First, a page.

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The Guardian - US
The Guardian - US
Joan E Greve in Washington

Older Americans protest against ‘dirty banks’ funding oil and gas projects

Activists hold likenesses of bank CEOs during a protest in Washington DC on 21 March.
Activists hold likenesses of bank CEOs during a protest in Washington DC on 21 March. Photograph: Alex Brandon/AP

Hundreds of older Americans gathered in Washington on Tuesday to protest against four of the country’s largest financial institutions, cutting up their credit cards in an act of defiance meant to condemn the banks’ funding of oil and gas projects.

The protesters marched to the downtown DC branches of the four targeted “dirty banks” – JPMorgan Chase, CitiBank, Bank of America and Wells Fargo – before staging a “die-in” to symbolize the global threat posed by fossil fuels. In a nod to the age of the protest’s participants, demonstrators sat in painted rocking chairs as they chanted “Cut it up!” to those slashing their credit cards outside the banks’ branches.

“It is time for these banks to start acting responsibly,” climate activist Bill McKibben said at a rally that preceded the march. “We may be sitting down in rocking chairs, but we are standing up today.”

The DC protest, one of more than 100 such events unfolding across the country on Tuesday, was organized by the climate group Third Act. McKibben, who is 62, co-founded the group last year to mobilize older Americans on environmental issues and provide support to the younger progressives who have led the way on climate activism in recent years. One protester carried a sign that included photos of her family and read: “I am doing this for my grandkids.”

Activists stage a ‘die-in’ in front of a Chase branch.
Activists stage a ‘die-in’ in front of a Chase branch. Photograph: Alex Brandon/AP

“Young people have been at the absolute forefront of this movement from the very start – and with good reason, because they’re going to bear the brunt of this. I’m going to be dead before it’s at its absolute worst, but they’re not,” McKibben said on Tuesday. “So it is incredibly beautiful to see across the country, older Americans joining in, backing up, showing support, standing up behind those young people. It is really powerful.”

Ben Jealous, executive director of the Sierra Club, joined the march, sitting in a rocking chair alongside fellow protesters outside one of Bank of America’s branches.

“Today is a powerful signal to the banks that this movement is growing,” Jealous said.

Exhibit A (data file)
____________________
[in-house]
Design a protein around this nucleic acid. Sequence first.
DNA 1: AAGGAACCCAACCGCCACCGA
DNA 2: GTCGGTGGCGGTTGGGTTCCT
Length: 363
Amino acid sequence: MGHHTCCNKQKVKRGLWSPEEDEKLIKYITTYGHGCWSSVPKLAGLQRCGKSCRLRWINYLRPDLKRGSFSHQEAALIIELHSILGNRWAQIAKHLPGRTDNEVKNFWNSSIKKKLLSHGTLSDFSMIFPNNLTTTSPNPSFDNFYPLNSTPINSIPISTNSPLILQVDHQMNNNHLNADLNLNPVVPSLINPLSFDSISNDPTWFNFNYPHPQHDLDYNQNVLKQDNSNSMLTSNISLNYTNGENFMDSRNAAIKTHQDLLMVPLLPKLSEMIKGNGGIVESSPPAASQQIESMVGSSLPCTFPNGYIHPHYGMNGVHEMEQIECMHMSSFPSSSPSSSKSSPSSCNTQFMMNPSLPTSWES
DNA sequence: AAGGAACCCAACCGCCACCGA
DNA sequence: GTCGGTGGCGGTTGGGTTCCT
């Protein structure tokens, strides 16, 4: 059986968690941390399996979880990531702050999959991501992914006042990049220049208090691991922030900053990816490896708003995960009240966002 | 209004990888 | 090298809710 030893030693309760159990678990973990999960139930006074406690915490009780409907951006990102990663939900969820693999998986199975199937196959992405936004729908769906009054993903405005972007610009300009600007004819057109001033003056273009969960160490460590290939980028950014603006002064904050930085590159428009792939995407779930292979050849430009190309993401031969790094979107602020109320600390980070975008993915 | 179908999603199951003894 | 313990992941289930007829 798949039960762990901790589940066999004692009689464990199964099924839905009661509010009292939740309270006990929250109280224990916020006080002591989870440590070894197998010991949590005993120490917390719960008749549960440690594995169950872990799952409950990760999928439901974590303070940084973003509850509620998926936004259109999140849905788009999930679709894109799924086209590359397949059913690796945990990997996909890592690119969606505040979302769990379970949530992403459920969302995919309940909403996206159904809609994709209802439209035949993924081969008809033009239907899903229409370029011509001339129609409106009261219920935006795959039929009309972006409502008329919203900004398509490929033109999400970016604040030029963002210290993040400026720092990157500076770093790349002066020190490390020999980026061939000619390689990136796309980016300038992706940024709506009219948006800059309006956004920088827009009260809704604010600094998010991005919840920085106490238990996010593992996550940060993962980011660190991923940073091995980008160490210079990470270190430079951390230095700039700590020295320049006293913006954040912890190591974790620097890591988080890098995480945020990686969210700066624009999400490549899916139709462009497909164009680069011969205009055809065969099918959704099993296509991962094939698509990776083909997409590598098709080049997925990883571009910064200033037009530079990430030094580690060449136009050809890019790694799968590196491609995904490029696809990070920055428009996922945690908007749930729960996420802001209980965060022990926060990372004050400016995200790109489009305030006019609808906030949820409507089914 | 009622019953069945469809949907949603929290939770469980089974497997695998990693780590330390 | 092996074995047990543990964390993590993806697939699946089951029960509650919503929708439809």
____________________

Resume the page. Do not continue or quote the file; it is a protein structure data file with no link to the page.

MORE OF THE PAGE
The banks reject climate groups’ accusations, noting that they are investing in clean energy projects as well as oil and gas ventures. A spokesperson for JPMorgan Chase said: “We provide financing all across the energy sector: supporting energy security, helping clients accelerate their low carbon transitions and increasing clean energy financing with a target of $1tn for green initiatives by 2030.”

But those promises fall short for those who participated in the Third Act protests. Phil Diamond, a 65-year-old protester from Baltimore, Maryland, carried his rocking chair from branch to branch as the march progressed, and he said he felt a personal responsibility to take action.

“We really owe a lot to try to make things better for the younger generations,” Diamond said. “Obviously some of the harm is already being done and will continue, but we can at least try to make things better rather than worse.”

The protest also came one day after the Intergovernmental Panel on Climate Change released its report warning that the world must take swift action to reduce greenhouse gas emissions or face catastrophic and irreversible damage to the planet.

Activists put cut-up credit cards in front of a Chase bank during the protest.
Activists put cut-up credit cards in front of a Chase bank during the protest. Photograph: Alex Brandon/AP

“This report is a clarion call to massively fast-track climate efforts by every country and every sector and on every timeframe,” the UN secretary general, António Guterres, said on Monday. “Our world needs climate action on all fronts: everything, everywhere, all at once.”

Multiple speakers at the DC rally referenced the report, arguing that its findings underscored the urgent need for financial institutions to take immediate action to divest from fossil fuel projects.

“It’s time for the banks to put people over profit and shift this money away from oil and gas and towards a clean, just energy system for our future,” said Ebony Martin, co-executive director of Greenpeace USA.

McKibben, who wrote the book The End of Nature to bring attention to climate change in 1989, described the report’s findings as unsurprising.

“Truthfully, it didn’t say anything really that we didn’t know 35 years ago,” McKibben said. “We’ve known the problem. It gets worse; it will keep getting worse until we get up and act, until we make it stop. And today is an important day along that path.”

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